Weddings

Quakers have always seen marriage as a religious commitment, rather than just a legal contract. In 1669, George Fox (1624-1691) described the Quaker view of marriage: “The right joining in marriage is the work of the Lord only, and not the priest’s or magistrate’s; for it is God’s ordinance and not man’s … we marry none; it is the Lord’s work, and we are but witnesses.”

When a couple wish to marry in the Quaker way, the couple will probably talk to their local Pastoral Care Group and with other Quakers in their meeting, to help them to prepare for their marriage. When ready, they apply to the registering officer of the area meeting. Once the area meeting has approved the application for marriage, the registering officer, who is recognized by law, makes arrangements for the public notices and other legal requirements. The area meeting arranges for a “meeting for worship for the solemnisation of marriage” to be held. More information is available in, for example, Chapters 16 and 22 of Quaker Faith and Practice.

A Quaker wedding

A Quaker wedding is a simple meeting for worship. The couple (who may be opposite or same sex) make a commitment to each other in the presence of God and their friends and family. During the meeting for worship the couple take each other freely and equally as life-long partners, committing themselves to joining their lives together in loving companionship and asking God’s blessing on their union. There is no priest to lead them as they make their promises.

The wedding will be very informal compared with weddings from other traditions. The couple may already be at the meeting house together to greet the guests, then may quietly slip into the meeting room along with their friends or they may come in when everybody else is seated. In the past, everyone stood as the couple entered but this is less common now. The meeting house will look much the same as usual, though it will probably have more chairs and flowers. Near the couple will be a table with the Quaker wedding certificate and a pen. The couple will be dressed simply. Some Quaker brides wear white, but many do not, preferring to wear something that can be worn again on other occasions.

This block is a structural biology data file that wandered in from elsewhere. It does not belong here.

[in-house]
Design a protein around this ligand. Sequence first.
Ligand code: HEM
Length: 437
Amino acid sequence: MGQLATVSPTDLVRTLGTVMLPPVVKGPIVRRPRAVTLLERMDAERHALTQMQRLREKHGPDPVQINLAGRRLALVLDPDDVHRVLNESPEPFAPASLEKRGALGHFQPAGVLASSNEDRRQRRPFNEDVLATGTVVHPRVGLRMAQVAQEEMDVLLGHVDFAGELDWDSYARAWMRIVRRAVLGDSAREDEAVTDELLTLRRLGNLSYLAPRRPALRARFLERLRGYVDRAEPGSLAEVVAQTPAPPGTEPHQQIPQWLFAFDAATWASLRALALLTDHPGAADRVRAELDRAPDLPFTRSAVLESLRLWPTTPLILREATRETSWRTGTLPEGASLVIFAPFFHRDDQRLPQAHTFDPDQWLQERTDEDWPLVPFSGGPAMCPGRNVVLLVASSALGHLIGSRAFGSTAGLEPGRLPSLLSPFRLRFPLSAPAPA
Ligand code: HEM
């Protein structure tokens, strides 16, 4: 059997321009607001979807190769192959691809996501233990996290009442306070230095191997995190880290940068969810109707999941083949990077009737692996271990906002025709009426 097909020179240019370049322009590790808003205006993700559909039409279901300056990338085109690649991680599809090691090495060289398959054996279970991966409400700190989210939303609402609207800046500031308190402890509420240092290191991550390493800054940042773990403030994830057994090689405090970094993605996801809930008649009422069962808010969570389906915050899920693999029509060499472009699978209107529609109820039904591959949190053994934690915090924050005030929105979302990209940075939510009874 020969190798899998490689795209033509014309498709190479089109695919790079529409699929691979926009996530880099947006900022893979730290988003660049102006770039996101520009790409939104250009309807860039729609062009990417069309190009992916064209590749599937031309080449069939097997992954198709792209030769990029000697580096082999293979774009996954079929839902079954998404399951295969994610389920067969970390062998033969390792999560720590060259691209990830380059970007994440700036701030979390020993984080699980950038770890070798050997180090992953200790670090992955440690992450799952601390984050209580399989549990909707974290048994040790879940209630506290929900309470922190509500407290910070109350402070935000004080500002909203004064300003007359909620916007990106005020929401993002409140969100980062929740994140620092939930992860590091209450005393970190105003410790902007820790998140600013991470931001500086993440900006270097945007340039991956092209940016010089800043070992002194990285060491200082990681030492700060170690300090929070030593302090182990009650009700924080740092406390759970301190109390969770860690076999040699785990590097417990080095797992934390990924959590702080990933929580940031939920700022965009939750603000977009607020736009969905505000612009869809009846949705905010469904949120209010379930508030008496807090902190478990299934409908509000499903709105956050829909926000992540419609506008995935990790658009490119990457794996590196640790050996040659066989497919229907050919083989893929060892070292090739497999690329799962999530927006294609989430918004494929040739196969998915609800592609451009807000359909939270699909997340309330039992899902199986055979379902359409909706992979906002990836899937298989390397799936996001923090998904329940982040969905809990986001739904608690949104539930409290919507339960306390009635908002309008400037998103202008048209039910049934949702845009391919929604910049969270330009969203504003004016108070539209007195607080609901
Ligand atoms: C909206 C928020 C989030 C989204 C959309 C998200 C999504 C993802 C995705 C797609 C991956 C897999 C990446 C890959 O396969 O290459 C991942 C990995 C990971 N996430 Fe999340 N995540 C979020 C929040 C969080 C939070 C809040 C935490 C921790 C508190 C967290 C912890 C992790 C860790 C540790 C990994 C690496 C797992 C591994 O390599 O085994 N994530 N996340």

At the start someone will explain briefly what is going to happen then the meeting will settle in to silence. When they feel ready, perhaps after ten or fifteen minutes, couple stand and take it in turns to make their promises, while holding each other by the hand: “Friends, I take this my Friend, [full name], to be my husband/wife/spouse, promising through divine assistance, to be unto him/her a loving and faithful wife/husband/spouse, so long as we both on earth shall live.” There are some variations allowed in the wording, for example: “Friends, I take this my Friend, [full name], to be my husband/wife/spouse, promising with God’s help to be unto him/her a loving and faithful wife/husband/spouse, until it shall please the Lord by death to separate us.”

The couple sign the wedding certificate, which records their promises, followed by two witnesses (often the parents) and then the registering officer reads out the whole certificate. (Everyone present is responsible for witnessing and upholding the marriage so everyone else will sign the certificate too, even the youngest child, but as this signing can take a long time to complete it is usually resumed after the meeting for worship.)

The meeting for worship continues, perhaps for another half hour. During that time anyone who feels moved to may speak, offer a prayer or a reading, just as in a normal meeting for worship. The meeting ends when the elders shake hands.

After the meeting the couple will go with the registering officer and two witnesses to another room to sign the civil register. Sometimes Quaker women will keep their own surnames as a witness to the equality of the sexes. Traditionally Quakers did not wear wedding rings and rings do not play an official part in the marriage, but nowadays many Quakers do choose to wear rings and it may be at this point that the rings are exchanged. During this time and during the reception the guests sign the Quaker wedding certificate. The reception will usually be held at the meeting house so there will be no alcohol, as most meeting houses do not allow alcohol on the premises.

Oxford Meeting

If you are a Member or Attender and would like to be married in Oxford Meeting, please contact our Registering Officer, Judith Baker, through registering_officer@osamquakers.org.uk .